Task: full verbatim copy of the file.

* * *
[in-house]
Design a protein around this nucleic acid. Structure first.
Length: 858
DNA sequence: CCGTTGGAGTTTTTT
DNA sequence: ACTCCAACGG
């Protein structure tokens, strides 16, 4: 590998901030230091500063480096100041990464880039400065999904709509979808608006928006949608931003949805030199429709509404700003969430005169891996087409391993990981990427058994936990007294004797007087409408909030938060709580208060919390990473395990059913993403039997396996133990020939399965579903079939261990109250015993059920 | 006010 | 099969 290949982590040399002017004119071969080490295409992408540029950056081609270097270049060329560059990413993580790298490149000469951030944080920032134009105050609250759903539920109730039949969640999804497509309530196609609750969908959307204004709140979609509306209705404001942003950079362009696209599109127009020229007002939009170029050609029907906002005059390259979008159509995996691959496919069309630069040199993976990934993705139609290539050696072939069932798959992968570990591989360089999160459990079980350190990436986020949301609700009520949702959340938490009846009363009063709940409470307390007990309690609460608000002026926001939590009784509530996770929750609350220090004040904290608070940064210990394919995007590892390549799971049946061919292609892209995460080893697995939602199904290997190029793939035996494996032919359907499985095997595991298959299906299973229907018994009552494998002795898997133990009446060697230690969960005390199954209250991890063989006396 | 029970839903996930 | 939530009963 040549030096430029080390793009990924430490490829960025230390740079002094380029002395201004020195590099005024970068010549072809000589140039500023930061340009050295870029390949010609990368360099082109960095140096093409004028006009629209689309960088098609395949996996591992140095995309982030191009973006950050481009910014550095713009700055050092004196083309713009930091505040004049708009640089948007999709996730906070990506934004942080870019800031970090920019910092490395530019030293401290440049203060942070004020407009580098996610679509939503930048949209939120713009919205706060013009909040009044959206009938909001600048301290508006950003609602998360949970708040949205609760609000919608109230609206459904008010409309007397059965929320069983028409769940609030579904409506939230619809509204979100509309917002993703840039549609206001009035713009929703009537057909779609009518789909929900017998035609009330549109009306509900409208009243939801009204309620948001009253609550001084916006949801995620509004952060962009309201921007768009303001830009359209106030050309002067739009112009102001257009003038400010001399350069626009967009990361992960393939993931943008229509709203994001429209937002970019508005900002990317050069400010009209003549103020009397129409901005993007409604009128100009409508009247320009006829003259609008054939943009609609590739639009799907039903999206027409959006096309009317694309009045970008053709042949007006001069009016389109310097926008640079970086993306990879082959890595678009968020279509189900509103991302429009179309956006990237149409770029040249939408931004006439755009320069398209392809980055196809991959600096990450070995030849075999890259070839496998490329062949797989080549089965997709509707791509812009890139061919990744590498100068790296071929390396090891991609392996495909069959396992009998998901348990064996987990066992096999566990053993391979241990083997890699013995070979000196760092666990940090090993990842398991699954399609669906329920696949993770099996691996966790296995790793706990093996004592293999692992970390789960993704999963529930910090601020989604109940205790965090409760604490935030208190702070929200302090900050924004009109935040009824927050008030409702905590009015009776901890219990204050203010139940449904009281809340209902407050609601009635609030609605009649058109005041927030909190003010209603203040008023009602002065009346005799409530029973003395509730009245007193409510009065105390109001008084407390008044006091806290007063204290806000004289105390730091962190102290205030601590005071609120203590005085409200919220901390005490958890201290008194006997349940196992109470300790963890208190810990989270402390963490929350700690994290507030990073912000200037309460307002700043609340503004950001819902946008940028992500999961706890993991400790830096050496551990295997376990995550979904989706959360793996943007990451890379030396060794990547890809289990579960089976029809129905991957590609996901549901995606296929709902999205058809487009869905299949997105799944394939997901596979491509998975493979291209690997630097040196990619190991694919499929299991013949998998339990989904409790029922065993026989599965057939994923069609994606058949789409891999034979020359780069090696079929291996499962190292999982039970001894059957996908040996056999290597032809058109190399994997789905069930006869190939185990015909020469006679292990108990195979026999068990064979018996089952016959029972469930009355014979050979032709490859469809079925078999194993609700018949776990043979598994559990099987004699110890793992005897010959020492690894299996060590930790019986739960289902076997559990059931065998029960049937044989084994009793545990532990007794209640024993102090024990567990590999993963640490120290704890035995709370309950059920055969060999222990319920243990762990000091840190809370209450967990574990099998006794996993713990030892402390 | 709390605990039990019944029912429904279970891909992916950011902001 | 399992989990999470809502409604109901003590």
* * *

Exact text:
[in-house]
Design a protein around this nucleic acid. Structure first.
Length: 858
DNA sequence: CCGTTGGAGTTTTTT
DNA sequence: ACTCCAACGG
């Protein structure tokens, strides 16, 4: 590998901030230091500063480096100041990464880039400065999904709509979808608006928006949608931003949805030199429709509404700003969430005169891996087409391993990981990427058994936990007294004797007087409408909030938060709580208060919390990473395990059913993403039997396996133990020939399965579903079939261990109250015993059920 | 006010 | 099969 290949982590040399002017004119071969080490295409992408540029950056081609270097270049060329560059990413993580790298490149000469951030944080920032134009105050609250759903539920109730039949969640999804497509309530196609609750969908959307204004709140979609509306209705404001942003950079362009696209599109127009020229007002939009170029050609029907906002005059390259979008159509995996691959496919069309630069040199993976990934993705139609290539050696072939069932798959992968570990591989360089999160459990079980350190990436986020949301609700009520949702959340938490009846009363009063709940409470307390007990309690609460608000002026926001939590009784509530996770929750609350220090004040904290608070940064210990394919995007590892390549799971049946061919292609892209995460080893697995939602199904290997190029793939035996494996032919359907499985095997595991298959299906299973229907018994009552494998002795898997133990009446060697230690969960005390199954209250991890063989006396 | 029970839903996930 | 939530009963 040549030096430029080390793009990924430490490829960025230390740079002094380029002395201004020195590099005024970068010549072809000589140039500023930061340009050295870029390949010609990368360099082109960095140096093409004028006009629209689309960088098609395949996996591992140095995309982030191009973006950050481009910014550095713009700055050092004196083309713009930091505040004049708009640089948007999709996730906070990506934004942080870019800031970090920019910092490395530019030293401290440049203060942070004020407009580098996610679509939503930048949209939120713009919205706060013009909040009044959206009938909001600048301290508006950003609602998360949970708040949205609760609000919608109230609206459904008010409309007397059965929320069983028409769940609030579904409506939230619809509204979100509309917002993703840039549609206001009035713009929703009537057909779609009518789909929900017998035609009330549109009306509900409208009243939801009204309620948001009253609550001084916006949801995620509004952060962009309201921007768009303001830009359209106030050309002067739009112009102001257009003038400010001399350069626009967009990361992960393939993931943008229509709203994001429209937002970019508005900002990317050069400010009209003549103020009397129409901005993007409604009128100009409508009247320009006829003259609008054939943009609609590739639009799907039903999206027409959006096309009317694309009045970008053709042949007006001069009016389109310097926008640079970086993306990879082959890595678009968020279509189900509103991302429009179309956006990237149409770029040249939408931004006439755009320069398209392809980055196809991959600096990450070995030849075999890259070839496998490329062949797989080549089965997709509707791509812009890139061919990744590498100068790296071929390396090891991609392996495909069959396992009998998901348990064996987990066992096999566990053993391979241990083997890699013995070979000196760092666990940090090993990842398991699954399609669906329920696949993770099996691996966790296995790793706990093996004592293999692992970390789960993704999963529930910090601020989604109940205790965090409760604490935030208190702070929200302090900050924004009109935040009824927050008030409702905590009015009776901890219990204050203010139940449904009281809340209902407050609601009635609030609605009649058109005041927030909190003010209603203040008023009602002065009346005799409530029973003395509730009245007193409510009065105390109001008084407390008044006091806290007063204290806000004289105390730091962190102290205030601590005071609120203590005085409200919220901390005490958890201290008194006997349940196992109470300790963890208190810990989270402390963490929350700690994290507030990073912000200037309460307002700043609340503004950001819902946008940028992500999961706890993991400790830096050496551990295997376990995550979904989706959360793996943007990451890379030396060794990547890809289990579960089976029809129905991957590609996901549901995606296929709902999205058809487009869905299949997105799944394939997901596979491509998975493979291209690997630097040196990619190991694919499929299991013949998998339990989904409790029922065993026989599965057939994923069609994606058949789409891999034979020359780069090696079929291996499962190292999982039970001894059957996908040996056999290597032809058109190399994997789905069930006869190939185990015909020469006679292990108990195979026999068990064979018996089952016959029972469930009355014979050979032709490859469809079925078999194993609700018949776990043979598994559990099987004699110890793992005897010959020492690894299996060590930790019986739960289902076997559990059931065998029960049937044989084994009793545990532990007794209640024993102090024990567990590999993963640490120290704890035995709370309950059920055969060999222990319920243990762990000091840190809370209450967990574990099998006794996993713990030892402390 | 709390605990039990019944029912429904279970891909992916950011902001 | 399992989990999470809502409604109901003590």